More than 50 million turkeys will be consumed in Canada and the United States this weekend. But thanksgiving isn’t really about turkeys – it’s about the giving of thanks! And while the giving of thanks is foundational to the Christian faith and reflective of our nature, most will admit that it is a challenge to be consistently thankful.
One eventful day in 1883, a violent volcanic eruption occurred on the island of Krakatoa in Indonesia. 40,000 thousand people lost their lives and a huge cloud of dust and ash ascended into the upper atmosphere blocking out the sun.
The following day, citizens in New England awoke to an eerie darkness. Having no idea what had happened in faraway Indonesia, they concluded that the sun had not risen. With many questions and no answers people slowly began to make their way to the churches. By noon, every Church in New England was filled with people crying out to God for mercy and forgiveness.
Early the following morning, everyone stared expectantly to the east. As the sun began to peek over the horizon, in a single voice they began to thank and praise the Lord for the sunlight, the warmth and the joy of God’s gift of a new day. Records indicate that for most of those people, this was the first time they had thanked God for the warmth and wonder of the sun. And sadly, it was reported that within days, they took the sun…and everything else, for granted once again.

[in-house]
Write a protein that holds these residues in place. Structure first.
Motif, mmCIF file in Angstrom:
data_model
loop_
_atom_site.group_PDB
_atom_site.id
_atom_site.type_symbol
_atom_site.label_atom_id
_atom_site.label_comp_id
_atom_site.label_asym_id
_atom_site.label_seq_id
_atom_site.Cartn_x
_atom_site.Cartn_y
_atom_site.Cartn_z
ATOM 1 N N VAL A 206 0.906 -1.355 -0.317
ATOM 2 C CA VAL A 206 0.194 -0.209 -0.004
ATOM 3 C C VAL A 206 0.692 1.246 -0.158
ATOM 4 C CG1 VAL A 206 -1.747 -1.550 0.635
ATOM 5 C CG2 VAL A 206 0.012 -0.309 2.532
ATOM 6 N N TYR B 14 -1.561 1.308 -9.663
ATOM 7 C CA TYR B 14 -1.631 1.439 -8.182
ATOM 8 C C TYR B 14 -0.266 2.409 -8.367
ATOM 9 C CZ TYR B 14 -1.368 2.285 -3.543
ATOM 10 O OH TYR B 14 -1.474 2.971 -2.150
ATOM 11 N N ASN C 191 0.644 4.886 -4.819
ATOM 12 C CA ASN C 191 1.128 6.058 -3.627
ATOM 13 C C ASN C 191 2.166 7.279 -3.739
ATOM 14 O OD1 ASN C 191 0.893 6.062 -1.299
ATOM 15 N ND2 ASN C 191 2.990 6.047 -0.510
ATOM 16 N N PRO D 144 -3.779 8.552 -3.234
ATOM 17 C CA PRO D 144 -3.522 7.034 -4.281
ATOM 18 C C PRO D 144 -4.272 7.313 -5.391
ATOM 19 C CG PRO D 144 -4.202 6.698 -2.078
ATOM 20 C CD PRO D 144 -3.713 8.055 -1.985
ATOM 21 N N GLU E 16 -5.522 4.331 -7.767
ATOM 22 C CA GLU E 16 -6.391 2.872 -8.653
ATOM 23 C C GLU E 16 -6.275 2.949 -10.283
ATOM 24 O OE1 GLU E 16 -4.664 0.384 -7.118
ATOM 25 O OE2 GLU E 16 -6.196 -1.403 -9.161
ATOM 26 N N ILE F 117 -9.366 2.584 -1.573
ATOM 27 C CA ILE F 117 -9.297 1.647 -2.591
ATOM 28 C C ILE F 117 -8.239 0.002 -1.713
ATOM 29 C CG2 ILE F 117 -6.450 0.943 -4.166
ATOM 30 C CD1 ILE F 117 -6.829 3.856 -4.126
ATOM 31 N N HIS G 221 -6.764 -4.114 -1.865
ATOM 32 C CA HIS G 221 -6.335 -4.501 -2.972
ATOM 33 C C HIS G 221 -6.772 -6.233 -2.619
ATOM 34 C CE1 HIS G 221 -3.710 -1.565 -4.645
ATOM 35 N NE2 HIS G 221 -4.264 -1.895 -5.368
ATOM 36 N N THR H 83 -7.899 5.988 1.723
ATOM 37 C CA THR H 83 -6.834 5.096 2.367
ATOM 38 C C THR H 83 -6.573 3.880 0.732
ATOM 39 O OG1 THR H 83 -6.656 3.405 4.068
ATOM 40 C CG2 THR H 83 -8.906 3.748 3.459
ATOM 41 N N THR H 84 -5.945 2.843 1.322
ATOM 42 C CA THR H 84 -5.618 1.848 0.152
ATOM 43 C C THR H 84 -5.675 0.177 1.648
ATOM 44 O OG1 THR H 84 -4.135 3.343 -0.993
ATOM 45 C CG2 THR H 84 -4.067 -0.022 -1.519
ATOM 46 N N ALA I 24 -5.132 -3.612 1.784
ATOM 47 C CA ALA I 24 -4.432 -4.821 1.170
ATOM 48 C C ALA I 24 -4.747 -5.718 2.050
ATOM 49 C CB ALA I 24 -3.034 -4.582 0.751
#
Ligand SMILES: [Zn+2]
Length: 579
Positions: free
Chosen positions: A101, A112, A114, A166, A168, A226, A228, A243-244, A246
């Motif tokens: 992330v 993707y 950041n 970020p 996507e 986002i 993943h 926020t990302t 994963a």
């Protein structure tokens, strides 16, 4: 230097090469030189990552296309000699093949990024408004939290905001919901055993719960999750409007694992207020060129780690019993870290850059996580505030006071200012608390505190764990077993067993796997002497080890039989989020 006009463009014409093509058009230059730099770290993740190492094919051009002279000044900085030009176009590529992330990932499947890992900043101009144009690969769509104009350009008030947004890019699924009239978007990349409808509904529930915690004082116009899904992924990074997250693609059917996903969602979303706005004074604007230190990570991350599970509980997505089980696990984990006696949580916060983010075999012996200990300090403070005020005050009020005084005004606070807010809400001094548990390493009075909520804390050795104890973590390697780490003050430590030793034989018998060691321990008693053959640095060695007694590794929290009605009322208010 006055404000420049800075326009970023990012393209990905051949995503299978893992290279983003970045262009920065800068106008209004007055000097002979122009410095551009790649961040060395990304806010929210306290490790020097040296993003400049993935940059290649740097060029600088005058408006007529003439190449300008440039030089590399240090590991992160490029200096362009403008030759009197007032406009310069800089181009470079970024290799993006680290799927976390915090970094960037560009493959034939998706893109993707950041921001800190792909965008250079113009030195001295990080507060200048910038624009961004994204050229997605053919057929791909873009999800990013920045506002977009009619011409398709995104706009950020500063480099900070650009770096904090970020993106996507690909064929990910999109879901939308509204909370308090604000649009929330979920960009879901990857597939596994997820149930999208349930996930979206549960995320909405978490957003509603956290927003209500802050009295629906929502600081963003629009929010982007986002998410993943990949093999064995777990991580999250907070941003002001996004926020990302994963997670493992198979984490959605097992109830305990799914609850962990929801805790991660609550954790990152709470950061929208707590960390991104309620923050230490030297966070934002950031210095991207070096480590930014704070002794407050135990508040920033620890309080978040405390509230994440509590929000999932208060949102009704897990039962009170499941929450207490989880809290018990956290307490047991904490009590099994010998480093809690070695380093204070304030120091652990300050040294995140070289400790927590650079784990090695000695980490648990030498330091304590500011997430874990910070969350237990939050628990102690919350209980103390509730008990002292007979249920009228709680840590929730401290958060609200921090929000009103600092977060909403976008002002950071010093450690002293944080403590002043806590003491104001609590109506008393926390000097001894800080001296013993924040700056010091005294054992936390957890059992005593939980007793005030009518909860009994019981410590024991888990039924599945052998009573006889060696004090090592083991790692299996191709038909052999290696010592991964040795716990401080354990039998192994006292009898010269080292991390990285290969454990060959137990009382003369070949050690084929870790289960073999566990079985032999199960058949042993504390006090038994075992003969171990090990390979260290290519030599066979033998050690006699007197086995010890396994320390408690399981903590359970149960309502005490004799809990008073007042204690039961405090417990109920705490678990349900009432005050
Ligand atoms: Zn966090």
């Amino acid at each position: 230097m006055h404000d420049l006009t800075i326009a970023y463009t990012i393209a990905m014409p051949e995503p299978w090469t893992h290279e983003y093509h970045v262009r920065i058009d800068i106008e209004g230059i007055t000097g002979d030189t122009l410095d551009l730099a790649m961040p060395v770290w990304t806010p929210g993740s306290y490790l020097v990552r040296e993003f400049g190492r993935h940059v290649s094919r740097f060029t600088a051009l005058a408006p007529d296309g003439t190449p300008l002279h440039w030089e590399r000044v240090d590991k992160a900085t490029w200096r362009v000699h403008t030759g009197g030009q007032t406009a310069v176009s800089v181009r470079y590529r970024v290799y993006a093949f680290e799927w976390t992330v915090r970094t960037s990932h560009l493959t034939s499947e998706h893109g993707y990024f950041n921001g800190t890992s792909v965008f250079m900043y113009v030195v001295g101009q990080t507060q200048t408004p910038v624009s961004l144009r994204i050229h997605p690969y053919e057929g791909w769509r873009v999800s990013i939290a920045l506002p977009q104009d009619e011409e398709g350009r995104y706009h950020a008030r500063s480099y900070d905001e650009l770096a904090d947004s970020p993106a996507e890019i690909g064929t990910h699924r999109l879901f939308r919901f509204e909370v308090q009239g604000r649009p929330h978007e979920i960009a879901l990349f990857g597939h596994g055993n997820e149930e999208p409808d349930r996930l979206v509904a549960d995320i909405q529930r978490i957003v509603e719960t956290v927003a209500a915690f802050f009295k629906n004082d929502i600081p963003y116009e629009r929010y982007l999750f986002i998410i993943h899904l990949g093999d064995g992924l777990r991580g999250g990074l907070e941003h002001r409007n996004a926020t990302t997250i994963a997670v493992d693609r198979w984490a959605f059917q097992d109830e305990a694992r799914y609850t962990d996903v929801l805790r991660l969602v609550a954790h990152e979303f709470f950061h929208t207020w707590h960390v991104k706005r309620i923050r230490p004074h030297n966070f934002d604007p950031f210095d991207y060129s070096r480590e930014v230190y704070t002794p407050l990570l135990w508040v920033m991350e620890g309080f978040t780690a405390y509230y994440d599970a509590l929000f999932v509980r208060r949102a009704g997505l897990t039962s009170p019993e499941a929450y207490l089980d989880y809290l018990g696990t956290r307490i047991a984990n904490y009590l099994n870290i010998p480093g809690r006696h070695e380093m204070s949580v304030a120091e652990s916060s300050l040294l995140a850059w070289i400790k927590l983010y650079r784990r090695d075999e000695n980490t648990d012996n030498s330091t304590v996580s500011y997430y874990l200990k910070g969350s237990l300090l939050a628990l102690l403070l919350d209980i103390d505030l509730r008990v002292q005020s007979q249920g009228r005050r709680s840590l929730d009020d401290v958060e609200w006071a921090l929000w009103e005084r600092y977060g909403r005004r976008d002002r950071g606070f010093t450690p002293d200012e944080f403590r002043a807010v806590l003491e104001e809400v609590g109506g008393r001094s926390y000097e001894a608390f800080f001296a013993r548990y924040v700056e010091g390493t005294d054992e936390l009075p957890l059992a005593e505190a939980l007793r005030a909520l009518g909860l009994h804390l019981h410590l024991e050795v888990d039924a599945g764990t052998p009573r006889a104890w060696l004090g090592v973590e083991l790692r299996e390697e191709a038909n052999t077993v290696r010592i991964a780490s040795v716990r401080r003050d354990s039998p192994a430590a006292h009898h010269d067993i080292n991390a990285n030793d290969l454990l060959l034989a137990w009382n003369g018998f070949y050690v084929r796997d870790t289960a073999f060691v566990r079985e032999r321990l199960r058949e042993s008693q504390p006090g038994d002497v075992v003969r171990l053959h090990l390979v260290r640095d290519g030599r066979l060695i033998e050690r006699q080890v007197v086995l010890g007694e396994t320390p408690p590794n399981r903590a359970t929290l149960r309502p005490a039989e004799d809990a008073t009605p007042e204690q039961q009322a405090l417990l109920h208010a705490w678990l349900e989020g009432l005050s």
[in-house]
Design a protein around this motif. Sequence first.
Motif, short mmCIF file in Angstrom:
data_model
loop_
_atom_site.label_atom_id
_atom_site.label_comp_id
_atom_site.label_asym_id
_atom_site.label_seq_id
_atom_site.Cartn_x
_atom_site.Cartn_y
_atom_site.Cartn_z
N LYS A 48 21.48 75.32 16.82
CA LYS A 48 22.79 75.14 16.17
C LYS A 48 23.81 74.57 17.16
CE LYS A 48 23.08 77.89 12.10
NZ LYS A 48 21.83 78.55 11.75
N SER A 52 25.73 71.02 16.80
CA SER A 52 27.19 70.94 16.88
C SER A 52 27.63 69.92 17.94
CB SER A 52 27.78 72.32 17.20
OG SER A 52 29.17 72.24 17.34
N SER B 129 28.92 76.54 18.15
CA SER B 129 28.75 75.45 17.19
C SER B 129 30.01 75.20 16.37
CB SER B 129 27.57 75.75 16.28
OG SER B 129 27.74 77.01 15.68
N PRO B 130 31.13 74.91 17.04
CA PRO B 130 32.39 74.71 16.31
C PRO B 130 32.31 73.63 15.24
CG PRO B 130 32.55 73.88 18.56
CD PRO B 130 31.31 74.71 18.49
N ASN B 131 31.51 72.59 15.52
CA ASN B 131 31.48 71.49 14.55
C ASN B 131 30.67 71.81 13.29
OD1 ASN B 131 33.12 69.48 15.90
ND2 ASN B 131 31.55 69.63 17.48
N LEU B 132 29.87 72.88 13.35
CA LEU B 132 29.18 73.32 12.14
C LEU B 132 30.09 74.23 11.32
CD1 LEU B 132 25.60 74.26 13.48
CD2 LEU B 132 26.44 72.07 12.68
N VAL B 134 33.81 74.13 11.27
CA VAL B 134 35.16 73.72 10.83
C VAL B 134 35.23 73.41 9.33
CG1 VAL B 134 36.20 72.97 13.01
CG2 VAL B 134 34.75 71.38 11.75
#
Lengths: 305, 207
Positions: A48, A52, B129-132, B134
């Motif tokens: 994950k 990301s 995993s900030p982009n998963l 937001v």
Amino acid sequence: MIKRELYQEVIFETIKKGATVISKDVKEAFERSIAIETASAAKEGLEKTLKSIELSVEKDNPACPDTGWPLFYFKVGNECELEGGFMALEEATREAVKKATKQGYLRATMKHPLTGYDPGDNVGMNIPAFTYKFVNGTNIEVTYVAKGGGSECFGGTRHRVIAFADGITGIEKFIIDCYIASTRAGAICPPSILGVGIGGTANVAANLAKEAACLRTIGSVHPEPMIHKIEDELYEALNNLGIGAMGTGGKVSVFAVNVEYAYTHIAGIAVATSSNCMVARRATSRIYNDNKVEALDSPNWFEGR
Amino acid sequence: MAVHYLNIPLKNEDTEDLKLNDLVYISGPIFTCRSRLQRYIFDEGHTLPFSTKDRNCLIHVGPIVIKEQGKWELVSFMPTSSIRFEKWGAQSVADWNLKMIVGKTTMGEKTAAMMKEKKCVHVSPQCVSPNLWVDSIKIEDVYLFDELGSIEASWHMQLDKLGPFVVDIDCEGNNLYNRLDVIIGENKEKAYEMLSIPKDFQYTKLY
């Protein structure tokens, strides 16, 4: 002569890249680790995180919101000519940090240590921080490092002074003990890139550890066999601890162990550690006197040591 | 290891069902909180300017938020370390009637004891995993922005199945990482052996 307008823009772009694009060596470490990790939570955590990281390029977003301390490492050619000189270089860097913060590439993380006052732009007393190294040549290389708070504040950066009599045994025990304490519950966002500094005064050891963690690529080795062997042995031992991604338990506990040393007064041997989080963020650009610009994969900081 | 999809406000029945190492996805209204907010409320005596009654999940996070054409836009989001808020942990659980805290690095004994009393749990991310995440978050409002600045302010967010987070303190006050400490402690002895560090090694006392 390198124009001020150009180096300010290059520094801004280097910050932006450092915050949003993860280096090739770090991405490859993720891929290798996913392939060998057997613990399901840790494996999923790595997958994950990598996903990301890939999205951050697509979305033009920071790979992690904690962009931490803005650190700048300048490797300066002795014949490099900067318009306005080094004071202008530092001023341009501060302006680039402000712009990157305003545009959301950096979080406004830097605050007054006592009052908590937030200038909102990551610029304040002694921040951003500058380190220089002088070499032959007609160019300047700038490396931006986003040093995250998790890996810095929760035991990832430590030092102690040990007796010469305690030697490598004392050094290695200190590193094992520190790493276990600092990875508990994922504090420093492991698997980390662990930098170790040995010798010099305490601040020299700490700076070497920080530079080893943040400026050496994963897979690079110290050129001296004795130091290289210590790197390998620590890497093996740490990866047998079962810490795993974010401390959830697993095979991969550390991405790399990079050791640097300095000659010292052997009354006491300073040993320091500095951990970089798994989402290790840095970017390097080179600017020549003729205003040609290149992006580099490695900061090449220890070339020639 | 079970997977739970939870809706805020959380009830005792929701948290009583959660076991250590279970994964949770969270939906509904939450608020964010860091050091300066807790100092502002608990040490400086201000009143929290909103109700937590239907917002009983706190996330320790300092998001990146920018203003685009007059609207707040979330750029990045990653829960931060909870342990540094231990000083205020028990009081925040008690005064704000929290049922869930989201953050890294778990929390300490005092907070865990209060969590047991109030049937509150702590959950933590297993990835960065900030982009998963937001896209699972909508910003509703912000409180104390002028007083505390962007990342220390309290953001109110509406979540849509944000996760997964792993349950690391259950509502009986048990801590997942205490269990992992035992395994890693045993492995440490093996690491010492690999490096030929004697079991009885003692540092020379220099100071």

Our problem, like those in New England, is that we are prayerful during times of crisis, thankful in times of deliverance and forgetful the rest of the time. But 1 Thessalonians 5:18 makes the giving of thanks an ongoing imperative saying, “In every thing give thanks: for this is the will of God…” Is this possible? Biblical examples suggest that it is.
Job lost riches, family and health but remained thankful. Though experiencing sorrow and personal suffering, Job in qualified acceptance and thanksgiving, “…knelt on the ground and worshipped God and said: Praise the name of the LORD” (Job 1:20ff abridged).
Jesus consistently displayed an attitude and pattern of thanksgiving in His earthly ministry. He gave thanks before miraculously feeding the 5,000. He thanked God for answering Him and again when He instituted the Lord’s Supper.
The Apostle Paul, who underwent significant persecution for his faith in Christ, wrote and said, “Don’t worry about anything, but pray about everything. With thankful hearts offer up your prayers and requests to God” (Philippians 4:6).
Perhaps like George Herbert we should pray, “Thou hast given me so much; Give me one thing more, a grateful heart.”
Enjoy your turkey and have a happy Thanksgiving!
— Pastor Ross Helgeton is senior pastor at Erskine Evangelical Free Church